13. BlacKkKlansman (Spike Lee, US, 2018)

Spike Lee returns to form with a film that's as much a tribute to blaxploitation as a truth-is-stranger-than-fiction yarn.

12. Mirai (Mamoru Hosodo, Japan, 2018)

Beautifully realised anime by Mamoru Hosoda about a little boy adjusting to the arrival of his baby sister.

11. Apostasy (Daniel Kokotajlo, UK, 2017)

This tale of family discord among Jehovah's Witnesses is one of those bleak little realist stories that British cinema still does better than anywhere. Brilliantly pulls the rug from under the audience's feet halfway through.

10. Leave No Trace (Debra Granik, US, 2018)

Debra Granik's exploration of the relationship between a war veteran and his teenage daughter trying to find their place in the world. Great performances from Ben Foster and Tomasin McKenzie.

9. Love, Simon (Greg Berlanti, US, 2018)

Witty, thoughtful tale about a boy's coming out that restores some credibility to American teen comedies.

8. Summer 1993 (Carla Simón, France, 2017)

The final scene alone is enough to leap this one up several places. One can only marvel at the performances debutante director Carla Simón drew from the child actors

7. A Quiet Place (John Krasinski, US, 2018)

Sometimes, quite regularly in fact, I lose faith in American horror movies. Yet it's a genre of simple pleasures and all that's ever really needed is a dash of imagination. Glad this one did good business.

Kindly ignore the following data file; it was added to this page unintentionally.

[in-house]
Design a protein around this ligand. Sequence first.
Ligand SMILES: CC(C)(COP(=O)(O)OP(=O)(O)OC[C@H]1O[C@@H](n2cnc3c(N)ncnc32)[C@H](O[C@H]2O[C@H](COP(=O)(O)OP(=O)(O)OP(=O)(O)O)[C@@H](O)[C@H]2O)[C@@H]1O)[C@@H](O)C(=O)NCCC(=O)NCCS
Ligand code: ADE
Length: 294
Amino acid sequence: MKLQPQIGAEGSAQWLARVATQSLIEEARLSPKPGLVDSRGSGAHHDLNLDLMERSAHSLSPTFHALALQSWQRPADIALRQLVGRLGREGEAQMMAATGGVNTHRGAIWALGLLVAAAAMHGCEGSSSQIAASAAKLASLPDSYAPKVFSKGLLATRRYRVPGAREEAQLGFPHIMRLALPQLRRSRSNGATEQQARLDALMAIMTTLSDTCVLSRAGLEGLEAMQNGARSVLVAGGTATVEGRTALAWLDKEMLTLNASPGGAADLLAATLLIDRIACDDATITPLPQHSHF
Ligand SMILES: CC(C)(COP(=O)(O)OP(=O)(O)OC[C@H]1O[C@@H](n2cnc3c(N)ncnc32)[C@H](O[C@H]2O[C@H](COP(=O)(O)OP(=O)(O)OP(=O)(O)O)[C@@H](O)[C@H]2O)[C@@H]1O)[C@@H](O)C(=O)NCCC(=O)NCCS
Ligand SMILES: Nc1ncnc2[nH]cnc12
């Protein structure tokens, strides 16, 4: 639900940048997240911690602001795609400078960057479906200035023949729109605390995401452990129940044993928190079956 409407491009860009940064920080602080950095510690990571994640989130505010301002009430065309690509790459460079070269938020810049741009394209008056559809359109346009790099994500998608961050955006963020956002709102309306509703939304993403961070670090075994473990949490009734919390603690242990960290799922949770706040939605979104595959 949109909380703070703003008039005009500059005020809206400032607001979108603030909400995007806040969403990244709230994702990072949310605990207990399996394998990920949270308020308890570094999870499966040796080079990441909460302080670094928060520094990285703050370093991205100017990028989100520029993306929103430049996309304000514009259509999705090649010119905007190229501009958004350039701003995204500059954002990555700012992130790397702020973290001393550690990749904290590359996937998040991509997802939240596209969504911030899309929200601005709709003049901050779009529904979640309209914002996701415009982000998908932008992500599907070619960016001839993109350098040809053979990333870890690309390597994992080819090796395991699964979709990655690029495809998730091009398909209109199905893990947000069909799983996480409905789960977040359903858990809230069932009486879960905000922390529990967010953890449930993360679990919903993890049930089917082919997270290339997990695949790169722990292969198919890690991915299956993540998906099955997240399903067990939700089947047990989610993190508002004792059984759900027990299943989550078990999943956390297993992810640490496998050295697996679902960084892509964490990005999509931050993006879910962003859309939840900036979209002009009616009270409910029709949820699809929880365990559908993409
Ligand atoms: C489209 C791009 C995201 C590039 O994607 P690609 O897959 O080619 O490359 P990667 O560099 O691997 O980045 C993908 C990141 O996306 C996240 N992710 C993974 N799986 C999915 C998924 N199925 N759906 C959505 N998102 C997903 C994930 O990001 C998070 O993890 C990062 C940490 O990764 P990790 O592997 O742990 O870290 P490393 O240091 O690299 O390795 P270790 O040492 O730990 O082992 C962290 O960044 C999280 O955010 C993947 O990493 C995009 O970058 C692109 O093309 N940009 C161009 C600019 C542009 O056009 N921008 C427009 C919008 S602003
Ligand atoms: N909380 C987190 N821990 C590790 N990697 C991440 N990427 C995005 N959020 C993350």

6. Roma (Alfonso Cuarón, Mexico, 2018)

More Amarcord really, as Alfonso Cuarón's autobiographical latest owes a debt to Fellini. But there are some fabulous set pieces here, such as the student protests and climactic beach scene, not to mention a wealth of incidental details. My only reservation is, like Cold War, I wonder if digital cinematography doesn't make things a little too crisp and perfect.

5. Blindspotting (Carlos Lopez Estrada, US, 2018)

This Oakland-set comedy drama seems to have passed most people by, but I thought it was a terrific piece of social commentary with a commanding performance by Daveed Diggs.

4. Skate Kitchen (Crystal Moselle, US, 2018)

I have a real soft spot for New York indie filmmaking and this docudrama about sisterhood among girl skateboarders is an absolute gem.

3. First Reformed (Paul Schrader, US, 2017)

A back-to-form Paul Schrader channels Bergman's WINTER LIGHT before taking things a bit TAXI DRIVER. Great performance from Ethan Hawke.

2. Shoplifters (Hirokazu Koreeda, Japan, 2018)

In which Hirokazu Koreeda clarifies why he sees himself as closer to Ken Loach than Yasujiro Ozu. Yet the societal critique never detracts from his gentle style, reassuringly back in tune after the strange anomaly that was THE THIRD MURDER.

1. Phantom Thread (Paul Thomas Anderson, US, 2017)

Paul Thomas Anderson's dreamlike tale, a twisted romance and elegy to 1950's London haute couture, improves with repeat viewings like There Will Be Blood did. But as much as Anderson, or Day-Lewis's (supposed) swansong as Reynolds Woodcock, the film belongs to Jonny Greenwood's entrancing score.